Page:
“Safety rules were included in the agreement with the contractors and, for the first time, our main contractors were required to have their safety specialist present on site,” says Artur Grosicki, Health, Safety and Environment Specialist at UPM Raflatac Poland. He says a lot of progress was achieved through discussions, understanding what kind of work needed to be done and regularly exploring ways to improve safety with contractor supervisors.
“At the peak of the project, we had approximately 100 contractors’ employees on site every day, in different areas and working on a wide range of tasks. Safety has been a top priority, and frequent discussions have helped to implement safer working methods.”
Construction of the building started in December 2016 and lasted seven months, followed by the coating line installation, which was completed in December 2017. The project involved more than 280,000 contractor man hours during which only one recordable accident occurred.
“Throughout the whole project, we had daily meetings when we would go through the tasks planned for the next couple of days. Safety was always included as the first point on the agenda.”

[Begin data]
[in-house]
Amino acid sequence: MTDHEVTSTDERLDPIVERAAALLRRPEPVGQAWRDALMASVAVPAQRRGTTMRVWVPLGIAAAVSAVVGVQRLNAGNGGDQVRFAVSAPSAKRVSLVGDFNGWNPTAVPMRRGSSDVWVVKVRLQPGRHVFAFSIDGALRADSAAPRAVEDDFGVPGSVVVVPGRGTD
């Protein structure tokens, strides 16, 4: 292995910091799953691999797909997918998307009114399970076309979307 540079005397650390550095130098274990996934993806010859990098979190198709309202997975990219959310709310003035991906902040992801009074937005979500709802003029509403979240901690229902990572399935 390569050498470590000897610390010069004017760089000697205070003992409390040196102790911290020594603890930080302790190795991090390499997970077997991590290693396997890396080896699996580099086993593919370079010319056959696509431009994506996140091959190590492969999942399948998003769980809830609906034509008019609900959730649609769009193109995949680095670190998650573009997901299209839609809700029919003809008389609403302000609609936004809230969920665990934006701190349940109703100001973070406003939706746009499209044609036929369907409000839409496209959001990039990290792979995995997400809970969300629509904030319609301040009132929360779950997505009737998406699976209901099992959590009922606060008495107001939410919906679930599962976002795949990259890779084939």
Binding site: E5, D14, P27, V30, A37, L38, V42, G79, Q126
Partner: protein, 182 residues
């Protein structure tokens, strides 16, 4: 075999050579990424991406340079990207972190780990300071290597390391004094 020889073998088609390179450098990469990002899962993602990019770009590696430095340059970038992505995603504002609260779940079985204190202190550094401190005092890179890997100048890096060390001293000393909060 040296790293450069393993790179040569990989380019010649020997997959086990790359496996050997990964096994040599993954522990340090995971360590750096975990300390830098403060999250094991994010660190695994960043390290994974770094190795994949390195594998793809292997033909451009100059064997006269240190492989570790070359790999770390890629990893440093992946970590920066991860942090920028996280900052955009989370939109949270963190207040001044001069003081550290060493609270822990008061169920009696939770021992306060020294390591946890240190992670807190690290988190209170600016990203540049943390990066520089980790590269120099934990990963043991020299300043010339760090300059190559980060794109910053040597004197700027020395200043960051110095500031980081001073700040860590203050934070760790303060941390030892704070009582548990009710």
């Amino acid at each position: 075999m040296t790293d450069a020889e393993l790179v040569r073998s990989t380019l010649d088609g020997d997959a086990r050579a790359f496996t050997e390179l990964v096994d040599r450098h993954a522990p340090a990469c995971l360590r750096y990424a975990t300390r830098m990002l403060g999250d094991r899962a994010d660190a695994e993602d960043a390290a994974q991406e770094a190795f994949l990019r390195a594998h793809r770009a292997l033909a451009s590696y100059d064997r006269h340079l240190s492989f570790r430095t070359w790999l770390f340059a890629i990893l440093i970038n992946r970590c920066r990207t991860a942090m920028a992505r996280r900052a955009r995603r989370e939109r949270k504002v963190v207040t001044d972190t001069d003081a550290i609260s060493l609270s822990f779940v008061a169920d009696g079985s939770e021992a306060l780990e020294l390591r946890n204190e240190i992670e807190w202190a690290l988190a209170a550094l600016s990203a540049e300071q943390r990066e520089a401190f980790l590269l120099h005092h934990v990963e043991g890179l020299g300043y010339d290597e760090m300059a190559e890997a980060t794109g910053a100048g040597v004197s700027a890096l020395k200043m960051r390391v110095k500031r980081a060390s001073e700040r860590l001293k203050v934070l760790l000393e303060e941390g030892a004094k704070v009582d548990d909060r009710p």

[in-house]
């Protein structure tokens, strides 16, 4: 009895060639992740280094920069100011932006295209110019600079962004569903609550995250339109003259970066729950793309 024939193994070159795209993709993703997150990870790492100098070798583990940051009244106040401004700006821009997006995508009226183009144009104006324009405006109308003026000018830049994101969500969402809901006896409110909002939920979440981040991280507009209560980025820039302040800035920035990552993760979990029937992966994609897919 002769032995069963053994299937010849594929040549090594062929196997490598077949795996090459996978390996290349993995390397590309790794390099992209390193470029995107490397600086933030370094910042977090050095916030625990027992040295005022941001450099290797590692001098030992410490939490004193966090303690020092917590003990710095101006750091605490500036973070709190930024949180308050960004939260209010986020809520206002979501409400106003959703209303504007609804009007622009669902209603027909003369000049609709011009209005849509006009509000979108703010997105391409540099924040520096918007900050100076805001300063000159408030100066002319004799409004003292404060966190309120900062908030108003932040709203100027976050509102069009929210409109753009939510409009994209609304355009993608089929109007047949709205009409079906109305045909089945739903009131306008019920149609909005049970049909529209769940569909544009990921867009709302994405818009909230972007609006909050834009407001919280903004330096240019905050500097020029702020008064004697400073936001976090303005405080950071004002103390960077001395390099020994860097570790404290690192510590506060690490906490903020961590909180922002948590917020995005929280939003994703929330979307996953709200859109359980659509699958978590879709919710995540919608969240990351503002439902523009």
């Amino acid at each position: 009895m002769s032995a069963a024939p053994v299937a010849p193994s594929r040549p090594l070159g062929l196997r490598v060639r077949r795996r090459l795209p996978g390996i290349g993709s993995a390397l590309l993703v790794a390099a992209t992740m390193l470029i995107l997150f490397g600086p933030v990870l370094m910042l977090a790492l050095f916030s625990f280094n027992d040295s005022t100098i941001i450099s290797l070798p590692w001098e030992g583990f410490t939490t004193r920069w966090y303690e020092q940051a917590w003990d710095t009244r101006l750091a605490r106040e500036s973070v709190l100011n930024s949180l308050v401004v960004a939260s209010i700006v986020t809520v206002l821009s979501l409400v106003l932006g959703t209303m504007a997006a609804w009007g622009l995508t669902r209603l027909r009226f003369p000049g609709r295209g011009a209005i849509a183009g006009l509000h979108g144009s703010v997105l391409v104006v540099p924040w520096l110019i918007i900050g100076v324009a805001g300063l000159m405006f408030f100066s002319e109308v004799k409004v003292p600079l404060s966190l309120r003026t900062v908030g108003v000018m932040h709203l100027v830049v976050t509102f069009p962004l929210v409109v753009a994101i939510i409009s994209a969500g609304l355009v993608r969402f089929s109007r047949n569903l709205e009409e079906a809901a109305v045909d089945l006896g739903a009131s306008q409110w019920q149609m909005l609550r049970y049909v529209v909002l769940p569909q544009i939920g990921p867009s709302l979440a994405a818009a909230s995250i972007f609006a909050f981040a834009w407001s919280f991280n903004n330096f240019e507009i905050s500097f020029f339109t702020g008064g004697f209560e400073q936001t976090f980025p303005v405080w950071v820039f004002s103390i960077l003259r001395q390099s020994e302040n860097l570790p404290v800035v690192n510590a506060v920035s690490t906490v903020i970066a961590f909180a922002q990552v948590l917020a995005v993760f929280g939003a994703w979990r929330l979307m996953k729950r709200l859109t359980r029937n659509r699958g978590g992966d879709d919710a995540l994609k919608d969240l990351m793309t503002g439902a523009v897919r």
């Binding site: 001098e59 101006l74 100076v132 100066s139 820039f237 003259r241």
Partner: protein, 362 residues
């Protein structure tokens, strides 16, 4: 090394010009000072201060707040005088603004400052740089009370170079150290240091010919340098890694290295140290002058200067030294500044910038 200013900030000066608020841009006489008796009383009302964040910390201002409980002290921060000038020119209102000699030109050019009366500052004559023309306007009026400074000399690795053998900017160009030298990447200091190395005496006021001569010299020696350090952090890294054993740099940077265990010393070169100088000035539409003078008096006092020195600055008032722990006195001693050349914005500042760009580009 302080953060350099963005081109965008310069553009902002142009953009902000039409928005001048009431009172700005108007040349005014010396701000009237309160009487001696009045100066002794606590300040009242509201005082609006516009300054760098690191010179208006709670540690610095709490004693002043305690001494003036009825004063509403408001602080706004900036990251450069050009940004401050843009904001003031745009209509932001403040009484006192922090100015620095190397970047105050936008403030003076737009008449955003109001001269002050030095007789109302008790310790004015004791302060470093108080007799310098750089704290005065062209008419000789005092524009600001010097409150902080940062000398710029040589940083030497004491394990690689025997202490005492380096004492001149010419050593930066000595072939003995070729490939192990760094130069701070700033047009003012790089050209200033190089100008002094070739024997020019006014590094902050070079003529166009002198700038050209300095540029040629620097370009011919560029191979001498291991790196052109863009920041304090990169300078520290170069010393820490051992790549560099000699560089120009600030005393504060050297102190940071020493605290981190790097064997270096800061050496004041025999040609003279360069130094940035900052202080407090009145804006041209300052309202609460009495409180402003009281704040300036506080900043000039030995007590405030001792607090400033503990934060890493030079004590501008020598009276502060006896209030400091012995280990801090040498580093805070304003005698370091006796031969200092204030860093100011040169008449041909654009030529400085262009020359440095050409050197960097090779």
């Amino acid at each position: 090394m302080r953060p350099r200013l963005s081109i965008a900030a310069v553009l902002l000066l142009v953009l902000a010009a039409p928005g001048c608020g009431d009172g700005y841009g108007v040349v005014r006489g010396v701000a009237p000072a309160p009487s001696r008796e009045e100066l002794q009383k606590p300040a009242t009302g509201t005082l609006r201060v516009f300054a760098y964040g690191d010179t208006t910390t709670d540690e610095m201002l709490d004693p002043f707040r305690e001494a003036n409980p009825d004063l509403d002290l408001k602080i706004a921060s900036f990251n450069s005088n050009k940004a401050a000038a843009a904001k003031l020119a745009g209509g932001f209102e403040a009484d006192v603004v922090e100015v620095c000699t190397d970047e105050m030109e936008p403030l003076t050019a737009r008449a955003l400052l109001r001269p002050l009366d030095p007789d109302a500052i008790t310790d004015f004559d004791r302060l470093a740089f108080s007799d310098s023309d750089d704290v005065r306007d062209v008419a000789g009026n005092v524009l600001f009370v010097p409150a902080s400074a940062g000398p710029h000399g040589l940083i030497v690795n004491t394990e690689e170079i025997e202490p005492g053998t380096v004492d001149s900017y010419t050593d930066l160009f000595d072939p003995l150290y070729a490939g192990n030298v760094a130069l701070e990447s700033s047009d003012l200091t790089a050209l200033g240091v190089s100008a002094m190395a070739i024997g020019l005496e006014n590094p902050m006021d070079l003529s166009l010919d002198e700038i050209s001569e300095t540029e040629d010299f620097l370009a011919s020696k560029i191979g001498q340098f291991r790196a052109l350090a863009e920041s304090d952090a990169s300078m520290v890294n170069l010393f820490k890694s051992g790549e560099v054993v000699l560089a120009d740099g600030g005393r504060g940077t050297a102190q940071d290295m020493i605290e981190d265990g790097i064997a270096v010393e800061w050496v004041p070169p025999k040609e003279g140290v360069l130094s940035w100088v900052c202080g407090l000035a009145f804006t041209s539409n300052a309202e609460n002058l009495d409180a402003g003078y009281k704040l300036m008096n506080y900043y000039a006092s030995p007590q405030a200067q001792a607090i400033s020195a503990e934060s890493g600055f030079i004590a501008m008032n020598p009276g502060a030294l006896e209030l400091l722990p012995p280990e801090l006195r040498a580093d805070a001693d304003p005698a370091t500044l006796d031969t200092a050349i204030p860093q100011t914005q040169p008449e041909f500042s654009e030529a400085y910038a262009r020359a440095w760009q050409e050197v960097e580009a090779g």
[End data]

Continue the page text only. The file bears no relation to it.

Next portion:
Life-saving standards lead the way
At the beginning of 2017, UPM introduced the concept of six life-saving standards: risk assessment, permission to work, mobile equipment and cranes, working at height, lock out-tag out, and confined spaces. These six safety standards are the most effective in preventing serious accidents.
Life-saving standards have played an important part in the day-to-day work throughout the project. “We discussed them right at the beginning, in the first training sessions with the contractors: risk assessments, work permits, what kind of equipment they needed for their work and whether there might be conflicting space requirements between contractors performing various phases of work,” Grosicki says.
He especially mentions that lock out—tag out was implemented in an exemplary way. “It was not only applied during the installation of the new coating line, but also during the test runs.”
Artur Grosicki thinks safety should not only be expected, but also requires continual input and discussions. “Only by working as a team can we make sure that everybody gets back home safely at the end of every day,” Grosicki concludes.